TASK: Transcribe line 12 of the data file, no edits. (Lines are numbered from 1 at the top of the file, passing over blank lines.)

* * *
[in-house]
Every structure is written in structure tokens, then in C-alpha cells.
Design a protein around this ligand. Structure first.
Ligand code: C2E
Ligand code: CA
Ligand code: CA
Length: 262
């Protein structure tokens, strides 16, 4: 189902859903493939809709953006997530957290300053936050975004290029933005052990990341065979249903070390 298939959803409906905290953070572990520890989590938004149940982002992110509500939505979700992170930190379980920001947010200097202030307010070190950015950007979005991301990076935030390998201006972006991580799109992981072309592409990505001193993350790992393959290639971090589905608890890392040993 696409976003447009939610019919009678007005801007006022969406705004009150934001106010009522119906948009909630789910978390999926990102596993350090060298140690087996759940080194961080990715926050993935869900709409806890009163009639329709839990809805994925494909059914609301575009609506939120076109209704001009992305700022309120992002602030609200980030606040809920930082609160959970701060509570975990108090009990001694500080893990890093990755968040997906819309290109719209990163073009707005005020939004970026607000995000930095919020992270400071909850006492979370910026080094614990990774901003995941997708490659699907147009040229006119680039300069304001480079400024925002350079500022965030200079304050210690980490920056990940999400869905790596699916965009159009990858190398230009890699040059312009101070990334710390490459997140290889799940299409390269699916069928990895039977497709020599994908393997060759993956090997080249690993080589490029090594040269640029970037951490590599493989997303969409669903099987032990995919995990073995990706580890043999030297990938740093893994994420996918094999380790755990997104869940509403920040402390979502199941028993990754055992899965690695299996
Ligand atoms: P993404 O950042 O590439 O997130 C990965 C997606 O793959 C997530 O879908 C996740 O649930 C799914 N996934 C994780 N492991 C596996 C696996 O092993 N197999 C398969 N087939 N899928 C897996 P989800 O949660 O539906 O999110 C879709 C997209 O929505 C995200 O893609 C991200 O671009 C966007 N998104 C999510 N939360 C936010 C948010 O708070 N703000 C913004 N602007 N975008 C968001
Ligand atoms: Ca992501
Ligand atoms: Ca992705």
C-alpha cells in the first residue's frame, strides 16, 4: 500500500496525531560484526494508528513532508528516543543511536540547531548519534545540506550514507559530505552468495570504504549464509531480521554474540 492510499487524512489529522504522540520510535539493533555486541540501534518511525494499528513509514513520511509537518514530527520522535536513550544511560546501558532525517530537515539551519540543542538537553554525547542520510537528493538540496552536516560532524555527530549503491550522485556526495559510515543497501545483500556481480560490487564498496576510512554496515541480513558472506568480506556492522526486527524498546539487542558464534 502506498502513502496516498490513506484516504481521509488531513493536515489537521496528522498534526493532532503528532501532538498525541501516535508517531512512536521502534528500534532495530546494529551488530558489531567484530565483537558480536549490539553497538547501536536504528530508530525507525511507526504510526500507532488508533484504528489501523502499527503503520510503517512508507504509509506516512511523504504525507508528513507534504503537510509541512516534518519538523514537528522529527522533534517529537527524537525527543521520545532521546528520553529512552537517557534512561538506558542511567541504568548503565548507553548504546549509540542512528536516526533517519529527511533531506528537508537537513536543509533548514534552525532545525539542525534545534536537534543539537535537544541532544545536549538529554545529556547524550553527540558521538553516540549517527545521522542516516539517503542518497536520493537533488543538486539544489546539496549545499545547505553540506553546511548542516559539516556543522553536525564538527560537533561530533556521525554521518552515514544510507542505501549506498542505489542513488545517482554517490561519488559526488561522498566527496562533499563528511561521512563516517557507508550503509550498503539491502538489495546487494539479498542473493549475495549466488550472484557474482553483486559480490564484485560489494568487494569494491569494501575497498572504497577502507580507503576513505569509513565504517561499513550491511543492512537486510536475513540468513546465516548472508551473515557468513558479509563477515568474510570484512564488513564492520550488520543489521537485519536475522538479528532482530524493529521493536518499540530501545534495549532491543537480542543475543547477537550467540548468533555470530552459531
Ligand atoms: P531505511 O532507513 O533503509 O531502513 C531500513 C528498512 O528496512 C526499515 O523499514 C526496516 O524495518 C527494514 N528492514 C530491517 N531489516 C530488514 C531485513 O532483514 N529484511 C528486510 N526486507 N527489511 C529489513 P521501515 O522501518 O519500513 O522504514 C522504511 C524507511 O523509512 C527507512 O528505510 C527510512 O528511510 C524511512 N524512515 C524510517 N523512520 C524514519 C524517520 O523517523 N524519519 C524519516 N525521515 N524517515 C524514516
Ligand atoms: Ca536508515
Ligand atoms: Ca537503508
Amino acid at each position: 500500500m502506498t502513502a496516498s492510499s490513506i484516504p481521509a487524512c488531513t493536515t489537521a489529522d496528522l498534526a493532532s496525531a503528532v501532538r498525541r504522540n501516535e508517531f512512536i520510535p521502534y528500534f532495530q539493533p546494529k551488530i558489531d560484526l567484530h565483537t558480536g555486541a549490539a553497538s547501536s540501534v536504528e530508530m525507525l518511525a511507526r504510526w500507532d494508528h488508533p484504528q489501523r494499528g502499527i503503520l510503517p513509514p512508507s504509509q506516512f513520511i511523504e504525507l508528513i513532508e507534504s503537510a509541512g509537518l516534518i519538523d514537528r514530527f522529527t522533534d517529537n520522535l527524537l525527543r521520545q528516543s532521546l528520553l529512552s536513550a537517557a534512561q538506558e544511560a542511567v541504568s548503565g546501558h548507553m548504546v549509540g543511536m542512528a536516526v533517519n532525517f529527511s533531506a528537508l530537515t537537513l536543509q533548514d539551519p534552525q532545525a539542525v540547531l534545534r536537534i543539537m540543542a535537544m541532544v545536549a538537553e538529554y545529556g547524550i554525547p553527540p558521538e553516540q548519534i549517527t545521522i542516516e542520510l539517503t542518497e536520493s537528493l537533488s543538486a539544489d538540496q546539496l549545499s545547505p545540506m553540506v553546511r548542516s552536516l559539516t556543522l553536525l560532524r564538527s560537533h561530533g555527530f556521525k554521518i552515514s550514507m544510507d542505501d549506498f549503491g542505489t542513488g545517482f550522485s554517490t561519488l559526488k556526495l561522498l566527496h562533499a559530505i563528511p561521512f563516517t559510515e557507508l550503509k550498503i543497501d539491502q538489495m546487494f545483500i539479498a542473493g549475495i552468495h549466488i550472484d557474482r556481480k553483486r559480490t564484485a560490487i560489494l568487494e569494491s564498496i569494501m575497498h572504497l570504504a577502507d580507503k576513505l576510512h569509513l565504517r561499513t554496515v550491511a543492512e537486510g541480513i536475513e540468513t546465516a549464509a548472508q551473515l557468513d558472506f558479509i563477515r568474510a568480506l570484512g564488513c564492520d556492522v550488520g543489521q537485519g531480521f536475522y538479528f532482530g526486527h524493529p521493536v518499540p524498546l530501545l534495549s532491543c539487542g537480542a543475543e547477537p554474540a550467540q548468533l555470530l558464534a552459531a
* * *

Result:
C-alpha cells in the first residue's frame, strides 16, 4: 500500500496525531560484526494508528513532508528516543543511536540547531548519534545540506550514507559530505552468495570504504549464509531480521554474540 492510499487524512489529522504522540520510535539493533555486541540501534518511525494499528513509514513520511509537518514530527520522535536513550544511560546501558532525517530537515539551519540543542538537553554525547542520510537528493538540496552536516560532524555527530549503491550522485556526495559510515543497501545483500556481480560490487564498496576510512554496515541480513558472506568480506556492522526486527524498546539487542558464534 502506498502513502496516498490513506484516504481521509488531513493536515489537521496528522498534526493532532503528532501532538498525541501516535508517531512512536521502534528500534532495530546494529551488530558489531567484530565483537558480536549490539553497538547501536536504528530508530525507525511507526504510526500507532488508533484504528489501523502499527503503520510503517512508507504509509506516512511523504504525507508528513507534504503537510509541512516534518519538523514537528522529527522533534517529537527524537525527543521520545532521546528520553529512552537517557534512561538506558542511567541504568548503565548507553548504546549509540542512528536516526533517519529527511533531506528537508537537513536543509533548514534552525532545525539542525534545534536537534543539537535537544541532544545536549538529554545529556547524550553527540558521538553516540549517527545521522542516516539517503542518497536520493537533488543538486539544489546539496549545499545547505553540506553546511548542516559539516556543522553536525564538527560537533561530533556521525554521518552515514544510507542505501549506498542505489542513488545517482554517490561519488559526488561522498566527496562533499563528511561521512563516517557507508550503509550498503539491502538489495546487494539479498542473493549475495549466488550472484557474482553483486559480490564484485560489494568487494569494491569494501575497498572504497577502507580507503576513505569509513565504517561499513550491511543492512537486510536475513540468513546465516548472508551473515557468513558479509563477515568474510570484512564488513564492520550488520543489521537485519536475522538479528532482530524493529521493536518499540530501545534495549532491543537480542543475543547477537550467540548468533555470530552459531